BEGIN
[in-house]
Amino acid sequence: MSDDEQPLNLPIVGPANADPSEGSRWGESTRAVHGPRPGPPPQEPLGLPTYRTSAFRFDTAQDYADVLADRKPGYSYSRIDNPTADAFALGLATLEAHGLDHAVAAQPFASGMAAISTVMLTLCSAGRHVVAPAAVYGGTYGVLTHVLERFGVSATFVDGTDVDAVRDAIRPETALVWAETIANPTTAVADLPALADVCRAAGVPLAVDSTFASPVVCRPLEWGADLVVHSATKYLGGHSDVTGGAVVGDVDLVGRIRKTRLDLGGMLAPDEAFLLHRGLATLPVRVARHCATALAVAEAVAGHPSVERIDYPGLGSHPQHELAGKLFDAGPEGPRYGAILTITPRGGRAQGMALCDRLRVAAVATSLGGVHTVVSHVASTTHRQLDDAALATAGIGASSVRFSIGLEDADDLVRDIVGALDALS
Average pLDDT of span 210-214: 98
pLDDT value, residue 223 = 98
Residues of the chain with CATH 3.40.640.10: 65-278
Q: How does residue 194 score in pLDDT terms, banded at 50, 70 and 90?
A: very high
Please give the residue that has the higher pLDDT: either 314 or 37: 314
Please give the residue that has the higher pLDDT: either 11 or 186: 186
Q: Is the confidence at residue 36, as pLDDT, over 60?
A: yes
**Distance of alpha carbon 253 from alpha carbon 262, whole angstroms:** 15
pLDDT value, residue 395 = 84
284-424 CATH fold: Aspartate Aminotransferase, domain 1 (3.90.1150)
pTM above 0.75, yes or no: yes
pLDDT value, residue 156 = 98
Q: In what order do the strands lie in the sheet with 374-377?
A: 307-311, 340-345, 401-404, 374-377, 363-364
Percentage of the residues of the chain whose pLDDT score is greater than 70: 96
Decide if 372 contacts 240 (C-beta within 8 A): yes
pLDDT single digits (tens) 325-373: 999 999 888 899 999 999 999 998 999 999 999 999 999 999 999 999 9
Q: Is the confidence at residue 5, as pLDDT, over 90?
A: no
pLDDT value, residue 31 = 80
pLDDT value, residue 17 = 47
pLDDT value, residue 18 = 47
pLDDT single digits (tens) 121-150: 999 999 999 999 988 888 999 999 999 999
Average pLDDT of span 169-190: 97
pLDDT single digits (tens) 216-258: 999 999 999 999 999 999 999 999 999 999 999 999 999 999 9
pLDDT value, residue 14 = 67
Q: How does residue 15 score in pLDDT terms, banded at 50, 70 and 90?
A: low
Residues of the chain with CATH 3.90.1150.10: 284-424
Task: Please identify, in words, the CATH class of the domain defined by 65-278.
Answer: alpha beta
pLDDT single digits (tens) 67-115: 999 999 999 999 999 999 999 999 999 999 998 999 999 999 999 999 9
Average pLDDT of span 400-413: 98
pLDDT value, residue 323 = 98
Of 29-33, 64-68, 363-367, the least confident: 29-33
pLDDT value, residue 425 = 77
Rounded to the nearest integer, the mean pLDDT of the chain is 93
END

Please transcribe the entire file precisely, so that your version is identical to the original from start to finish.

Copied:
[in-house]
Amino acid sequence: MSDDEQPLNLPIVGPANADPSEGSRWGESTRAVHGPRPGPPPQEPLGLPTYRTSAFRFDTAQDYADVLADRKPGYSYSRIDNPTADAFALGLATLEAHGLDHAVAAQPFASGMAAISTVMLTLCSAGRHVVAPAAVYGGTYGVLTHVLERFGVSATFVDGTDVDAVRDAIRPETALVWAETIANPTTAVADLPALADVCRAAGVPLAVDSTFASPVVCRPLEWGADLVVHSATKYLGGHSDVTGGAVVGDVDLVGRIRKTRLDLGGMLAPDEAFLLHRGLATLPVRVARHCATALAVAEAVAGHPSVERIDYPGLGSHPQHELAGKLFDAGPEGPRYGAILTITPRGGRAQGMALCDRLRVAAVATSLGGVHTVVSHVASTTHRQLDDAALATAGIGASSVRFSIGLEDADDLVRDIVGALDALS
Average pLDDT of span 210-214: 98
pLDDT value, residue 223 = 98
Residues of the chain with CATH 3.40.640.10: 65-278
Q: How does residue 194 score in pLDDT terms, banded at 50, 70 and 90?
A: very high
Please give the residue that has the higher pLDDT: either 314 or 37: 314
Please give the residue that has the higher pLDDT: either 11 or 186: 186
Q: Is the confidence at residue 36, as pLDDT, over 60?
A: yes
**Distance of alpha carbon 253 from alpha carbon 262, whole angstroms:** 15
pLDDT value, residue 395 = 84
284-424 CATH fold: Aspartate Aminotransferase, domain 1 (3.90.1150)
pTM above 0.75, yes or no: yes
pLDDT value, residue 156 = 98
Q: In what order do the strands lie in the sheet with 374-377?
A: 307-311, 340-345, 401-404, 374-377, 363-364
Percentage of the residues of the chain whose pLDDT score is greater than 70: 96
Decide if 372 contacts 240 (C-beta within 8 A): yes
pLDDT single digits (tens) 325-373: 999 999 888 899 999 999 999 998 999 999 999 999 999 999 999 999 9
Q: Is the confidence at residue 5, as pLDDT, over 90?
A: no
pLDDT value, residue 31 = 80
pLDDT value, residue 17 = 47
pLDDT value, residue 18 = 47
pLDDT single digits (tens) 121-150: 999 999 999 999 988 888 999 999 999 999
Average pLDDT of span 169-190: 97
pLDDT single digits (tens) 216-258: 999 999 999 999 999 999 999 999 999 999 999 999 999 999 9
pLDDT value, residue 14 = 67
Q: How does residue 15 score in pLDDT terms, banded at 50, 70 and 90?
A: low
Residues of the chain with CATH 3.90.1150.10: 284-424
Task: Please identify, in words, the CATH class of the domain defined by 65-278.
Answer: alpha beta
pLDDT single digits (tens) 67-115: 999 999 999 999 999 999 999 999 999 999 998 999 999 999 999 999 9
Average pLDDT of span 400-413: 98
pLDDT value, residue 323 = 98
Of 29-33, 64-68, 363-367, the least confident: 29-33
pLDDT value, residue 425 = 77
Rounded to the nearest integer, the mean pLDDT of the chain is 93